I came across this book entirely by accident. Back in 2003 I was browsing in my local bookstore and I came across Curious Incident…. The reason why I picked it up was mainly because I loved the opening paragraph and it was original, at least to me at the time.
The very minute I sat down and started reading I was hooked. Nowadays it’s very rare for me just to stay put in a chair for a few hours but it happened and I felt very satisfied when I finished the book. In fact I took it to work and lent it one of my colleagues, who in turn lent it to his friend and after two months my copy returned to me in a rather battered condition.
To sum up the plot, Christopher Boone discovers that his dog has been killed and he decides to investigate this murder. The thing is that Boone is has Asperger’s syndrome and so his worldview and way of reasoning is different to his peers. As his search continues Christopher starts to discover secrets about his family and in the process comes of age.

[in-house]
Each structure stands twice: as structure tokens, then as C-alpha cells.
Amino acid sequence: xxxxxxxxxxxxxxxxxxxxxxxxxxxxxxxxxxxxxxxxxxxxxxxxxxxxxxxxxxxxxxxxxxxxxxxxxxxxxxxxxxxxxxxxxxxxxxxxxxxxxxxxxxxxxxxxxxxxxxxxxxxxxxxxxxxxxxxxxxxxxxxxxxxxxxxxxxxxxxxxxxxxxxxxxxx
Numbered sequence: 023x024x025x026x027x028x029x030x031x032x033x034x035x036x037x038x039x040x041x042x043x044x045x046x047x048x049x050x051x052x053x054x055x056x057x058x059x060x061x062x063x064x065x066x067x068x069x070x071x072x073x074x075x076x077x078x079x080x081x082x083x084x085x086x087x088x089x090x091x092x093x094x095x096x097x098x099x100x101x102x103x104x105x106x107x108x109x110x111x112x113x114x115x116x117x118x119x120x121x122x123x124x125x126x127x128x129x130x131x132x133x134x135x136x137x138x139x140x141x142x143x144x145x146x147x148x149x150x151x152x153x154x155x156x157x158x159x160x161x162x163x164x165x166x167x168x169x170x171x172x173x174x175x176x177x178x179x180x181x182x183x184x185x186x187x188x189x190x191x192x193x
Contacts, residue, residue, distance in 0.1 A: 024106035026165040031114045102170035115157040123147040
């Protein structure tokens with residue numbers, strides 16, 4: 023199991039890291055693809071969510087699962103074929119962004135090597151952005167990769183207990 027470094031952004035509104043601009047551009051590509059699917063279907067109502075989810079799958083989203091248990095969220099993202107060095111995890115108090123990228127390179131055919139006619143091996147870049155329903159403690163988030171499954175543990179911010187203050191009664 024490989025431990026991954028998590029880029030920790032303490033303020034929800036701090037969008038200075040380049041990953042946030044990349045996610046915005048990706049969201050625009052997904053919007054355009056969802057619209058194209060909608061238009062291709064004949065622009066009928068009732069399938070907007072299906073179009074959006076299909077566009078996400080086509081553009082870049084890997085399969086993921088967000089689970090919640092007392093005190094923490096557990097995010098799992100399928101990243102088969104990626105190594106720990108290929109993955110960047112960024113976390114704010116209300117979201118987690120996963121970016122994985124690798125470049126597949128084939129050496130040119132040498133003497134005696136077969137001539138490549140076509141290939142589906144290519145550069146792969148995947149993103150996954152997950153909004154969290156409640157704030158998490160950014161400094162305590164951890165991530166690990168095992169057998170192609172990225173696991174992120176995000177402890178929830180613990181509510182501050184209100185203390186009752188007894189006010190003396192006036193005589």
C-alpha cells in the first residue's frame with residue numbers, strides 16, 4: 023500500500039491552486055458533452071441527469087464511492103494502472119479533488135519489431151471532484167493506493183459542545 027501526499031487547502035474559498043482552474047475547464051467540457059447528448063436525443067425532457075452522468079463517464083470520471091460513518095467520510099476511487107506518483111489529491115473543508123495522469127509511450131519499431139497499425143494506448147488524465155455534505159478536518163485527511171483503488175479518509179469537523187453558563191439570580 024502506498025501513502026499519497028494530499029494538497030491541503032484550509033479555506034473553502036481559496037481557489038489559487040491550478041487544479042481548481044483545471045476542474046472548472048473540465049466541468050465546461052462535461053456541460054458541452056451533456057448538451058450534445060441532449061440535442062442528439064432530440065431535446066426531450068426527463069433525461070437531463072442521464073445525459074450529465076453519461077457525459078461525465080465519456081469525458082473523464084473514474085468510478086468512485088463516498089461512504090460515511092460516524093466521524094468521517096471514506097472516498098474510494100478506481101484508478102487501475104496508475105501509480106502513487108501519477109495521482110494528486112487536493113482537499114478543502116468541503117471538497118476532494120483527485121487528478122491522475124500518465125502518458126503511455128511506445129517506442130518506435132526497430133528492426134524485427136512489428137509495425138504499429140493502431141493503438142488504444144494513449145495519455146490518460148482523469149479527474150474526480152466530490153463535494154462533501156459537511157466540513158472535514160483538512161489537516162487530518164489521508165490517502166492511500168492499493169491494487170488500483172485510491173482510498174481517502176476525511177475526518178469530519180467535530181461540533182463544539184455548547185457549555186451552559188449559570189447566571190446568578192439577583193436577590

The main reason why this book manages to strike a chord with so many people (obviously i’ve had people say that they found the novel dull and slow paced – you can’t please everyone!) is that Haddon does manage to portray Christopher realistically. His hate for certain colours, his savant way of reasoning, his insistence of prime numbers. As I work with autistic children and teach them reading skills, I encounter quirks such as these on a near daily basis. Haddon is not exaggerating and yet tackles these topics in a non condescending way. Neither does he romanticise Christopher’s condition.
The other factor is the readability. As my friends told me, Christopher’s insistence on solving this mystery keeps you turning the pages anxiously and the drawings and pictures help keep the flow and fun of the novel intact . Haddon”s way of mashing genres is also deft, especially in the second half of the novel when things get darker and that adds to the cleverness of The Curious Incident…
Funnily enough when I finished reading the book I had a feeling that there would be a whole glut of novels featuring autistic children but the only one I cam across was Howard Buten’s ‘When I was Five I Killed Myself’ and that was published a good thirty years before Haddon’s book. I guess that this is a novel that cannot be imitated in any other way.
and yes it is one book you should read before you die!